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The tax was touted as a way to punish major drugmakers for their role in the opioid epidemic and generate funding for treatment programs. But to avoid paying, scores of manufacturers and wholesalers stopped selling opioids in New York.
NEW YORK — Mike Angevine lives in constant pain. For a decade the 37-year-old has relied on opioids to manage his chronic pancreatitis, a disease with no known cure.
But in January, Angevine’s pharmacy on Long Island ran out of oxymorphone and he couldn’t find it at other drugstores. He fell into withdrawal and had to be hospitalized.
“You just keep thinking: Am I going to get sick? Am I going to get sick?” Angevine said in a phone interview. “Am I going to be able to live off the pills I have? Am I going to be able to get them on time?”
His pharmacy did not tell him the reason for the shortage. But Angevine isn’t the only pain patient in New York to lose access to vital medicine since July 2019, when the state implemented an excise tax on many opioids.
The tax was touted as a way to punish major drugmakers for their role in the opioid epidemic and generate funding for treatment programs. But to avoid paying, scores of manufacturers and wholesalers stopped selling opioids in New York. Instead of the anticipated $100 million, the tax brought in less than $30 million in revenue, two lawmakers said in interviews. None of it was earmarked for substance abuse programs, they said.
The state’s Department of Health, which has twice this year delayed an expected report on the impact of the tax, did not respond to questions for this story.
The tax follows strong efforts by federal and New York officials to tamp down the use of prescription opioids, which had already cut back some supply. Now, with some medications scarce or no longer available, pain patients have been left reeling. And the law appears to have missed its target: Instead of taking a toll on manufacturers, the greater burden appears to have fallen on pharmacies that can no longer afford or access the painkillers.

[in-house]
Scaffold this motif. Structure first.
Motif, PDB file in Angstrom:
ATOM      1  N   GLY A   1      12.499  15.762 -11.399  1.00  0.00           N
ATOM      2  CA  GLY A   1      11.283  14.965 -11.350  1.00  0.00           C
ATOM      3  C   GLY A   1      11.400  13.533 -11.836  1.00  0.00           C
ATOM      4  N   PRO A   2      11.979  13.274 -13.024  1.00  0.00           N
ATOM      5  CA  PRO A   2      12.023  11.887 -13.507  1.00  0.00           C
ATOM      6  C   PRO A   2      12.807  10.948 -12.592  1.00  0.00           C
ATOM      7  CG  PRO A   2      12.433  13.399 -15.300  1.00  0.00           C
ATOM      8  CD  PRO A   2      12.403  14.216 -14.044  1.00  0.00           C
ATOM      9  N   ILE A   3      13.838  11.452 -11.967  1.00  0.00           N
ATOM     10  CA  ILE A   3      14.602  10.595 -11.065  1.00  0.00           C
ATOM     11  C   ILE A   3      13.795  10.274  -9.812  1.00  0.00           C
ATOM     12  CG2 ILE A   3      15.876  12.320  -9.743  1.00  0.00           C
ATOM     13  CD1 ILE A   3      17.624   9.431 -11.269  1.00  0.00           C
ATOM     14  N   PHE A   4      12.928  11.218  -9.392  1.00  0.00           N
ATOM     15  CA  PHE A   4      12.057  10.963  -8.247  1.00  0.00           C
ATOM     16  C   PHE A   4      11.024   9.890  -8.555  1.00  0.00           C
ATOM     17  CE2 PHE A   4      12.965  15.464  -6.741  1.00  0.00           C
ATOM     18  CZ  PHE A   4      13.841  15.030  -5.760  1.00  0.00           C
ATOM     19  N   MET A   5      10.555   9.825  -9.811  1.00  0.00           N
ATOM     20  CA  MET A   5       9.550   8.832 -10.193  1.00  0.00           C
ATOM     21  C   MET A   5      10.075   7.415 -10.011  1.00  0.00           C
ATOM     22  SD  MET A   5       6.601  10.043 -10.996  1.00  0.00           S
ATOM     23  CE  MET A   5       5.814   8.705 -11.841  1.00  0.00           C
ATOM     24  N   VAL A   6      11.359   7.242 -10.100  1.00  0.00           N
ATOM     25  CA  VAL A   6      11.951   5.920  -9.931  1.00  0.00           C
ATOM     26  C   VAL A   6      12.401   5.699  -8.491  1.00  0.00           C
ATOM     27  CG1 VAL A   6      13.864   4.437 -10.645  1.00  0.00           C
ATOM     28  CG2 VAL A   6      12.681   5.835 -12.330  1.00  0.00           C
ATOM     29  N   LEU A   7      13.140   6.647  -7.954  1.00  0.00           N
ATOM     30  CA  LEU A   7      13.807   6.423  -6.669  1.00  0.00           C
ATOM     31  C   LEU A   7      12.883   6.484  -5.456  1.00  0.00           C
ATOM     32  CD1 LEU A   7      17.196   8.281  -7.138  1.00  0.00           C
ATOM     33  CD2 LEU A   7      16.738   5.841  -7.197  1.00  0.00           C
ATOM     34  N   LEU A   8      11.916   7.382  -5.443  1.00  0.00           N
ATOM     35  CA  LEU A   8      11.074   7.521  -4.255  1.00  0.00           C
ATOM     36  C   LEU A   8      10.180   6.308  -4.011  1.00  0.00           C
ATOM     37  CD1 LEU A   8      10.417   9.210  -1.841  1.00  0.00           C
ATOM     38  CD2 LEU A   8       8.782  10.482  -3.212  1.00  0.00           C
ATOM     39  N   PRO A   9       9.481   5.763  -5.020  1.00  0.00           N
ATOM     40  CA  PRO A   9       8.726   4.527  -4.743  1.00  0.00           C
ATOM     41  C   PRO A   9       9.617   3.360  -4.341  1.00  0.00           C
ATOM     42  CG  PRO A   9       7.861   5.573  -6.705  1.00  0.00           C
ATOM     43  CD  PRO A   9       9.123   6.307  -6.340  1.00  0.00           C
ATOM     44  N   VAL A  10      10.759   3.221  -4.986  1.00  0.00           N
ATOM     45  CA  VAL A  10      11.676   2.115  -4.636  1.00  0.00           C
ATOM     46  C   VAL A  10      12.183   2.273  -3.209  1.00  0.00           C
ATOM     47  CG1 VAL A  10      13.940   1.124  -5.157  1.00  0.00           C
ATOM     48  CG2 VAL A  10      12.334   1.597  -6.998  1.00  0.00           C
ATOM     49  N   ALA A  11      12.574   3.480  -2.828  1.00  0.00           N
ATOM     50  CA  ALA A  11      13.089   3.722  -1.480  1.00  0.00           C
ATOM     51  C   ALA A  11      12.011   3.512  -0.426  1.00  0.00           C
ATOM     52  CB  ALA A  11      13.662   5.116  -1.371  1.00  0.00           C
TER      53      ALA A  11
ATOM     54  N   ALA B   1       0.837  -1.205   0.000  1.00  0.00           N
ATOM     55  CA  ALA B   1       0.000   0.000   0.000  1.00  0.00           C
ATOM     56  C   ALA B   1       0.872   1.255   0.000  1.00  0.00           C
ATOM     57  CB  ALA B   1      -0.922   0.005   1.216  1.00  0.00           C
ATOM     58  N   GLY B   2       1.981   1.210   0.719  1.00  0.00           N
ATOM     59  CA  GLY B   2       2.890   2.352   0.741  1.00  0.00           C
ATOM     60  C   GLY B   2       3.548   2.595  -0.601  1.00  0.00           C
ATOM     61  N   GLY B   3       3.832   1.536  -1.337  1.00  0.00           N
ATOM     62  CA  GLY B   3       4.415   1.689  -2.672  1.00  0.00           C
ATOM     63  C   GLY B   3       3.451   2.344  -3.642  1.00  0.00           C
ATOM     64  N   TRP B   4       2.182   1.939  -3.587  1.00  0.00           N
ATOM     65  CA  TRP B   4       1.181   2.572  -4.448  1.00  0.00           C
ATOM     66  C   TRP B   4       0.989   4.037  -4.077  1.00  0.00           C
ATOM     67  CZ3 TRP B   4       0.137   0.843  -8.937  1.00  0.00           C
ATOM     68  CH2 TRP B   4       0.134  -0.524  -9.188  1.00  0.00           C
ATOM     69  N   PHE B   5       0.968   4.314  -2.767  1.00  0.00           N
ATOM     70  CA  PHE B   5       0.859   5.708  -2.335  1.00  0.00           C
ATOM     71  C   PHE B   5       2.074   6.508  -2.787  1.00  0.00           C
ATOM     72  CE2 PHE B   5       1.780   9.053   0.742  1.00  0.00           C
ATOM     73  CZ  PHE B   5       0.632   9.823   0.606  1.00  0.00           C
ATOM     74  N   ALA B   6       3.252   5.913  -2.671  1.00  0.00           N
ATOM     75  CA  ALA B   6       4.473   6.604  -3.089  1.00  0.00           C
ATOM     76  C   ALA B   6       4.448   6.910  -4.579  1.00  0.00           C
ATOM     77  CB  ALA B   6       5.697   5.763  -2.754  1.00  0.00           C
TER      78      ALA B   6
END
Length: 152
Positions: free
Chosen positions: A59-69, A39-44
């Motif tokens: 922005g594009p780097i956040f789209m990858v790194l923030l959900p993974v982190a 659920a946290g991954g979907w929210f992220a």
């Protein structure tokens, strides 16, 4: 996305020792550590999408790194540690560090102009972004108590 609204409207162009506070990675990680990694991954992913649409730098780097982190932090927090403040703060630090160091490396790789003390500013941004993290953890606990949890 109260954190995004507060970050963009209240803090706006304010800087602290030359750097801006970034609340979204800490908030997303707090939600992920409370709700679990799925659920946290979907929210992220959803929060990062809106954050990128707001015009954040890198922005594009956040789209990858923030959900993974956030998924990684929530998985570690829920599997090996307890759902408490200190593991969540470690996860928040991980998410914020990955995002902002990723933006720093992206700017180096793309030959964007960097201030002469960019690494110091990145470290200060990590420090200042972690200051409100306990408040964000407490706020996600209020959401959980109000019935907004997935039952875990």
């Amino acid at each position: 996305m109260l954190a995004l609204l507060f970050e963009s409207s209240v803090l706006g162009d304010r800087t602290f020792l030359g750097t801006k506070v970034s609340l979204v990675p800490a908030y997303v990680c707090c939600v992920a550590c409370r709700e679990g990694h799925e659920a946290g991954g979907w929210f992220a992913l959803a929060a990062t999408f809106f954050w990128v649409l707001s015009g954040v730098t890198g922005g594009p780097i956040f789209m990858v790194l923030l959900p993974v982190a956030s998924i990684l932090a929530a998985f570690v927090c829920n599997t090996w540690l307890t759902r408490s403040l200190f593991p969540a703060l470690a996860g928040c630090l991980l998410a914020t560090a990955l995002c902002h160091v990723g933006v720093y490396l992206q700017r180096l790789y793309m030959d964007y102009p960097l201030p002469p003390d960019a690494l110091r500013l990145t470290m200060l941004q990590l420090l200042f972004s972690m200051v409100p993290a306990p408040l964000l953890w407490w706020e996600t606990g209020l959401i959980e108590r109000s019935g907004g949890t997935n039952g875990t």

Among the companies that no longer sell opioids in New York is Epic Pharma. Independent Pharmacy Cooperative, a wholesaler, confirmed it no longer sells medications subject to the tax, but still sells those that are exempt, which are treatments for opioid addiction methadone and buprenorphine and also morphine. AvKARE and Lupin Pharmaceuticals said they do not ship opioids to New York anymore. Amneal Pharmaceuticals, which manufactures Angevine’s oxymorphone, declined to comment, as did Mallinckrodt.
Since the tax went into effect, Cardinal Health, which provides health services and products, published an extensive 10-page list of opioids it does not expect to carry. Cardinal Health declined to comment.
The New York tax is slowly gaining attention in other states. Delaware passed a similar tax last year. Minnesota is assessing a special licensing fee between $55,000 and $250,000 on opioid manufacturers. New Jersey Gov. Phil Murphy proposed such a tax this year but was turned down by the legislature.
The company that makes the first point of sale within New York pays the tax. That isn’t always the drugmaker. It can mean wholesalers selling to pharmacies here are assessed, explained Steve Moore, president of the Pharmacists Society of the State of New York.
Independent Pharmacy Cooperative said about half its revenue from opioid sales in New York would have gone to taxes.
Mark Kinney, the company’s senior vice president of government relations, said the law is putting companies in a very difficult position.
When wholesalers like IPC left the opioid market, competitive prices went with them.
Without these smaller wholesalers, it’s hard for pharmacies to go back to other wholesalers “and say, ‘Hey, your prices aren’t in line with the rest of the market,’” Moore said.
Indeed, nine independent pharmacies told KHN that when they can get opioids they are more expensive now. They have little choice but to eat the cost, drop certain prescriptions or pass the expense along.